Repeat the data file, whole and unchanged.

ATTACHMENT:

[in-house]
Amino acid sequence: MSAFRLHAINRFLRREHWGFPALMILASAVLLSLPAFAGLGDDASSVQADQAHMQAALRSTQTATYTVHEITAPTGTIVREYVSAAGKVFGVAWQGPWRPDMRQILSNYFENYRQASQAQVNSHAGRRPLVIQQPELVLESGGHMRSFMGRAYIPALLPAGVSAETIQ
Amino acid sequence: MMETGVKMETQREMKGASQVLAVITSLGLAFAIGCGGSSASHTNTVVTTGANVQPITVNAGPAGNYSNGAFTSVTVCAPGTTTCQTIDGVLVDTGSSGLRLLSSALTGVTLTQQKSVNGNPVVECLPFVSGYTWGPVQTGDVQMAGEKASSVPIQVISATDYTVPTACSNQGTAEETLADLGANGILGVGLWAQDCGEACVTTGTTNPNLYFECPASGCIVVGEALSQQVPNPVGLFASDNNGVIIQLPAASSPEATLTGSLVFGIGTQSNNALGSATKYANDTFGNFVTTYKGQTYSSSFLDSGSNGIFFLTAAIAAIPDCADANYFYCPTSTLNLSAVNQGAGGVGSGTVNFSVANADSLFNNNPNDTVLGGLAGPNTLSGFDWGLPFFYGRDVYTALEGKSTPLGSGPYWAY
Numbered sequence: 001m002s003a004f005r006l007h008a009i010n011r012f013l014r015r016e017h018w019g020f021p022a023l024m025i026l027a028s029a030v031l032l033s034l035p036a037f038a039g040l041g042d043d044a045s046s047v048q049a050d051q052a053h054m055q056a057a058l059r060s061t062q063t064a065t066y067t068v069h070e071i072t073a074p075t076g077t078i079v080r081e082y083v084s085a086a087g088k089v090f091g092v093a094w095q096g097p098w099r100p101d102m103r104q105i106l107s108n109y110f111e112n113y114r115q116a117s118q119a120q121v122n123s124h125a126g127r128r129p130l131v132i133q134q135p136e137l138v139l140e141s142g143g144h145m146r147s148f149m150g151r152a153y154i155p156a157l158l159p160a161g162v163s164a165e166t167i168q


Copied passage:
[in-house]
Amino acid sequence: MSAFRLHAINRFLRREHWGFPALMILASAVLLSLPAFAGLGDDASSVQADQAHMQAALRSTQTATYTVHEITAPTGTIVREYVSAAGKVFGVAWQGPWRPDMRQILSNYFENYRQASQAQVNSHAGRRPLVIQQPELVLESGGHMRSFMGRAYIPALLPAGVSAETIQ
Amino acid sequence: MMETGVKMETQREMKGASQVLAVITSLGLAFAIGCGGSSASHTNTVVTTGANVQPITVNAGPAGNYSNGAFTSVTVCAPGTTTCQTIDGVLVDTGSSGLRLLSSALTGVTLTQQKSVNGNPVVECLPFVSGYTWGPVQTGDVQMAGEKASSVPIQVISATDYTVPTACSNQGTAEETLADLGANGILGVGLWAQDCGEACVTTGTTNPNLYFECPASGCIVVGEALSQQVPNPVGLFASDNNGVIIQLPAASSPEATLTGSLVFGIGTQSNNALGSATKYANDTFGNFVTTYKGQTYSSSFLDSGSNGIFFLTAAIAAIPDCADANYFYCPTSTLNLSAVNQGAGGVGSGTVNFSVANADSLFNNNPNDTVLGGLAGPNTLSGFDWGLPFFYGRDVYTALEGKSTPLGSGPYWAY
Numbered sequence: 001m002s003a004f005r006l007h008a009i010n011r012f013l014r015r016e017h018w019g020f021p022a023l024m025i026l027a028s029a030v031l032l033s034l035p036a037f038a039g040l041g042d043d044a045s046s047v048q049a050d051q052a053h054m055q056a057a058l059r060s061t062q063t064a065t066y067t068v069h070e071i072t073a074p075t076g077t078i079v080r081e082y083v084s085a086a087g088k089v090f091g092v093a094w095q096g097p098w099r100p101d102m103r104q105i106l107s108n109y110f111e112n113y114r115q116a117s118q119a120q121v122n123s124h125a126g127r128r129p130l131v132i133q134q135p136e137l138v139l140e141s142g143g144h145m146r147s148f149m150g151r152a153y154i155p156a157l158l159p160a161g162v163s164a165e166t167i168q